When they meet, Hank is a little awkward in his aluminum foil suit, but his concern for Nancy's plant -- yes, the stray plant mentioned earlier -- wins her over and she hesitantly comes inside. After discussing Hank's unusual wallpaper -- aluminum foil is for more than just protective suits -- they move on to topics such as their mutual appreciation of Jello and the importance of good digestion. But it is their mutual love of poetry that finally seems to cement their relationship.
Of course, Hank does not have the easiest time allowing himself to share his poetry with someone else. But Hank seems to understand the two of them are making a special connection. So, despite his intense fear of rejection, he finds it in himself to let Nancy into his private world of lyrical lunacy. When he does so, he finds another soul who finds his words moving and meaningful. Nancy finds someone who sees the world much the same as she does.
Will this special connection bring our two young lovers happiness? Will they live together in Hank's apartment or will Nancy free Hank from his crippling fears? Well, to find out all of that, you need to see the movie. If you enjoy oddball, independent cinema, it will definitely be worth your time. Fans of writer-director Adam Rifkin's stranger stuff like The Dark Backward and Never On Tuesday will probably especially enjoy this movie.
"You seem like you're really like wound up or something. Do you want some Thorazine?"
Lunatics: A Love Story never had a chance of being a blockbuster film. It just is not that tye of movie. The film was produced by Sam Raimi's Renaissance Pictures that went on to make movies like John Woo's Hard Target and Time Cop starring Jean Claude Van Damme along with television series such as Xena: Warrior Princess. This film, however, was clearly meant to stand as an independent film that would, if anything, gain only a cult following. Taking that into consideration, it has certainly lived up to expectations.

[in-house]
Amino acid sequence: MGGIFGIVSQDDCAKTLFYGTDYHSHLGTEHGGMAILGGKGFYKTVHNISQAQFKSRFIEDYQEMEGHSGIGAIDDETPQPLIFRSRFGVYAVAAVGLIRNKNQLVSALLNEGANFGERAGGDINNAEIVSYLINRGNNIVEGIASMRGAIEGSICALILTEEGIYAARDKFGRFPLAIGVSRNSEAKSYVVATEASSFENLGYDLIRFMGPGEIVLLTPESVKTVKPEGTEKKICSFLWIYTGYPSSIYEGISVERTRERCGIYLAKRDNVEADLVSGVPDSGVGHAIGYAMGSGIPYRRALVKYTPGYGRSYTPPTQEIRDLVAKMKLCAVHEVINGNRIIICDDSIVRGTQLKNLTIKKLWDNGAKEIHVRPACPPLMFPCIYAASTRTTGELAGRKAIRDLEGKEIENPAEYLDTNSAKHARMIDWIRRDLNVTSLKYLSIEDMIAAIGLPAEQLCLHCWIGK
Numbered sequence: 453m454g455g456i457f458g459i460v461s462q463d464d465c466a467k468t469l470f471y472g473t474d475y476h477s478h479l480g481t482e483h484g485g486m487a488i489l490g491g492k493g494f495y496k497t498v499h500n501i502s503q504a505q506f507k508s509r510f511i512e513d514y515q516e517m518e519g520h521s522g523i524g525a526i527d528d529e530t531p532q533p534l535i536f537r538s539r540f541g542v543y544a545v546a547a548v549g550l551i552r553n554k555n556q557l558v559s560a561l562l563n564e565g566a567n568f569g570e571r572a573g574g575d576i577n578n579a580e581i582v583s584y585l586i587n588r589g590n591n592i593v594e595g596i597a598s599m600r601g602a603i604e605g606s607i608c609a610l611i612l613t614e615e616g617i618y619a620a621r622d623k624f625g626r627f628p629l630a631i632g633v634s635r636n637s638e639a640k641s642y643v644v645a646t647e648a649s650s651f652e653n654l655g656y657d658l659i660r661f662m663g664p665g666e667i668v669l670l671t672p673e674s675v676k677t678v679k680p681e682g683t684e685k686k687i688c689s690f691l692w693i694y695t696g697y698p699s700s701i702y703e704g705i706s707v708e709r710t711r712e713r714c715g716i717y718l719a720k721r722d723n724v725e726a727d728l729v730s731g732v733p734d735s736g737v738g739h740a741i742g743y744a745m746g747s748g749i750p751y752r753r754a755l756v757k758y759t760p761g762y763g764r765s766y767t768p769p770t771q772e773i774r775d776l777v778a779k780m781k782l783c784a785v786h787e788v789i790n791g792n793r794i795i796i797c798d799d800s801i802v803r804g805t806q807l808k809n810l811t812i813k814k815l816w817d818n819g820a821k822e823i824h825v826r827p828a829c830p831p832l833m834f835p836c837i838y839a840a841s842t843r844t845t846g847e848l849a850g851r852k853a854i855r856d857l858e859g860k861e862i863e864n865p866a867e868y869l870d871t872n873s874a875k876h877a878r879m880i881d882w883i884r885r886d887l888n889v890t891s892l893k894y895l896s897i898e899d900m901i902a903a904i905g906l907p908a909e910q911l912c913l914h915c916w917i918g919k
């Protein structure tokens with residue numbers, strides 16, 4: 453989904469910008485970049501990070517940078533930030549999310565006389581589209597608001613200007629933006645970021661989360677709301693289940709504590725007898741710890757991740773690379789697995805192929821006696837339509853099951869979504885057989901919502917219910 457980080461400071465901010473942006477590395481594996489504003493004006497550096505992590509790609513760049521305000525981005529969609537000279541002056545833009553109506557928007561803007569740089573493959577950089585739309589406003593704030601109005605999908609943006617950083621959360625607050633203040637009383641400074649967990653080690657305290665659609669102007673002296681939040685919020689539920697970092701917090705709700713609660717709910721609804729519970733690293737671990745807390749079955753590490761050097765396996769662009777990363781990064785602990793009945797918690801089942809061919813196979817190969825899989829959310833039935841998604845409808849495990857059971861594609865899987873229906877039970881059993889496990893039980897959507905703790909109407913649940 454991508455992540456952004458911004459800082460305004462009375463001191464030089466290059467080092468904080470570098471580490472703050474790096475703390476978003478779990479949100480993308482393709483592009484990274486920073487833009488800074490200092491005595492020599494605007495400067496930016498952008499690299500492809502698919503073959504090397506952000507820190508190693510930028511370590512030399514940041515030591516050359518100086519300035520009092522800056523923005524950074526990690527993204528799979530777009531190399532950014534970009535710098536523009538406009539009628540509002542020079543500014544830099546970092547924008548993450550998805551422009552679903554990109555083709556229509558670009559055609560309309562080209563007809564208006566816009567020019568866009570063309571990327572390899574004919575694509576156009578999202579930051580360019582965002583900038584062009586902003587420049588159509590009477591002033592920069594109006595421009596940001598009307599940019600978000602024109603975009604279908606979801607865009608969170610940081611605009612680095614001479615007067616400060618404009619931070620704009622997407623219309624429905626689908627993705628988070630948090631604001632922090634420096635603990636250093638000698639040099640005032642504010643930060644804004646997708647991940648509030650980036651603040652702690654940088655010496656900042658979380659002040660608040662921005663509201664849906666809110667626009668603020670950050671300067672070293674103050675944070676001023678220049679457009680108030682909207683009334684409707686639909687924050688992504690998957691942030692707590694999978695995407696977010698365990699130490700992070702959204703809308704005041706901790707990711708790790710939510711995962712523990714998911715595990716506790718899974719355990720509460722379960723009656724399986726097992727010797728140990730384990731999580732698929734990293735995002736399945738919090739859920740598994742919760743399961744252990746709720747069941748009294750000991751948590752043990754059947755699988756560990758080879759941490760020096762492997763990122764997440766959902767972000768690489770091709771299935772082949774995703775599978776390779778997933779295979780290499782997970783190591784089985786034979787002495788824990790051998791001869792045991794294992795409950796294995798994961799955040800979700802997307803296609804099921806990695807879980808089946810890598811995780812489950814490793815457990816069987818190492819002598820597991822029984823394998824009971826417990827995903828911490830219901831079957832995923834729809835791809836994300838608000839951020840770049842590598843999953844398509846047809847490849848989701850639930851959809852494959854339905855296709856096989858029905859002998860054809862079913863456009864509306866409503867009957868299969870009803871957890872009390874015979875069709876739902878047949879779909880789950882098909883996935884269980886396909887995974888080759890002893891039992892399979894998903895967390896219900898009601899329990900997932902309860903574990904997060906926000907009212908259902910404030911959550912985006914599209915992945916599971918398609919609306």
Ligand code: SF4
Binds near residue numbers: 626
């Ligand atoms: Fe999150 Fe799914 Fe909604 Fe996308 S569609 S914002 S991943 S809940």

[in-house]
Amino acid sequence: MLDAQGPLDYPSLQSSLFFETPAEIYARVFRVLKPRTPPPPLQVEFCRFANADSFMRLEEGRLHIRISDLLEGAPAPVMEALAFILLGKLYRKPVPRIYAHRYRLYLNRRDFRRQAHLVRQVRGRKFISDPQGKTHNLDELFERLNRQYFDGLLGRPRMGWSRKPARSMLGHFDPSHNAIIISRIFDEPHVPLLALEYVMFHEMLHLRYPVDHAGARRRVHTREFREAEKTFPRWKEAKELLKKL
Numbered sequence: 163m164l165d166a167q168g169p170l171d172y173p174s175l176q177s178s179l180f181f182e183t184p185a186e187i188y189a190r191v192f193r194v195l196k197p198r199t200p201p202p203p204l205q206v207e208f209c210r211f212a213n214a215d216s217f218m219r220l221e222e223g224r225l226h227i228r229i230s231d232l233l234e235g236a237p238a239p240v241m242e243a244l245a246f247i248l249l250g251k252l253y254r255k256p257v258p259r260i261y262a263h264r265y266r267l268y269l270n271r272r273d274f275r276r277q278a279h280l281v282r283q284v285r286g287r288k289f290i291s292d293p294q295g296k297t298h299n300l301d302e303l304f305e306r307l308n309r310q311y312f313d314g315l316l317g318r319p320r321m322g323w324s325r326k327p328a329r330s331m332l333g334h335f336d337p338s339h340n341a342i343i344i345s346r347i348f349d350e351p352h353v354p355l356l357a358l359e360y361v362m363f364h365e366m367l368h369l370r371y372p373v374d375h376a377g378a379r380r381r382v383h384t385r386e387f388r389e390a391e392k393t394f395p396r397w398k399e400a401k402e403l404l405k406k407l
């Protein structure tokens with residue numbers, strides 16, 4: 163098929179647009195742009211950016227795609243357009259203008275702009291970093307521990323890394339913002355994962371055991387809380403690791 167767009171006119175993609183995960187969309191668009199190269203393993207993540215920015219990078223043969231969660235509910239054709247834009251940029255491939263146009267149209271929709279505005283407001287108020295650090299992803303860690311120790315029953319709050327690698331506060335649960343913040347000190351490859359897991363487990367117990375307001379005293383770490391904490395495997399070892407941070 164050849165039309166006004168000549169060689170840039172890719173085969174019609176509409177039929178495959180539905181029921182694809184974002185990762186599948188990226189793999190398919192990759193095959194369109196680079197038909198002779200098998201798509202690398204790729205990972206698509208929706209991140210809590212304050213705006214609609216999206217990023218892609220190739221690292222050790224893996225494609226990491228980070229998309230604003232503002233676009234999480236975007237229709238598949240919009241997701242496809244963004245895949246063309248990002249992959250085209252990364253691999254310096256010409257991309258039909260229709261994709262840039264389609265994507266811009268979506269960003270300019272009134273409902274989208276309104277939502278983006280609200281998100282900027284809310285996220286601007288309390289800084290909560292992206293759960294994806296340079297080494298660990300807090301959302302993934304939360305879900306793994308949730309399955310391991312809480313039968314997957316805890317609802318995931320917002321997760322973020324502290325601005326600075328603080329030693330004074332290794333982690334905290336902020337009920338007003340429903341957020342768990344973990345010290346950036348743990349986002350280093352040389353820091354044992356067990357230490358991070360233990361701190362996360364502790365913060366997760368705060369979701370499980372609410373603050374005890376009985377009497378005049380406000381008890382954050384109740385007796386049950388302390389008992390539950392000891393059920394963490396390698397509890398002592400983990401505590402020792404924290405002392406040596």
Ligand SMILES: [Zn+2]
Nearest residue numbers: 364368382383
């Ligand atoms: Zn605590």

So the bottom line on this film is this... If you are open-minded about your movies and enjoy something a little offbeat and outside the mainstream while still having a soft spot for a little romance, this is one of the best movies you can seek out. If you are looking for a mainstream romantic-comedy or even an independent-style black comedy, this is probably not the film for you. Lunatics: A Love Story is a story that just might blow your mind!
Lunatics: A Bit of Trivia
- The movie was shot entirely in Pontiac, Michigan.
- The rap group DMW (Detroit's Most Wanted) appear in the film. The group featured Motsi Ski, MC Lee and DJ Duncan Hines. Motsi Ski aka Reginald Abrams is the grandson of legendary R&B singer Jackie Wilson.
- This was the first film from Renaissance Pictures that was neither written nor directed by Sam Raimi.
- At the premiere of the film, while his fellow cast and crew members came limousines and wearing tuxedos and evening gowns, Ted Raimi arrived in an ambulance wearing a straightjacket.
- Though only credited for playing the character Ray, Bruce Campbell also played the psycho brain surgeon tormenting Hank in his dreams and delusions.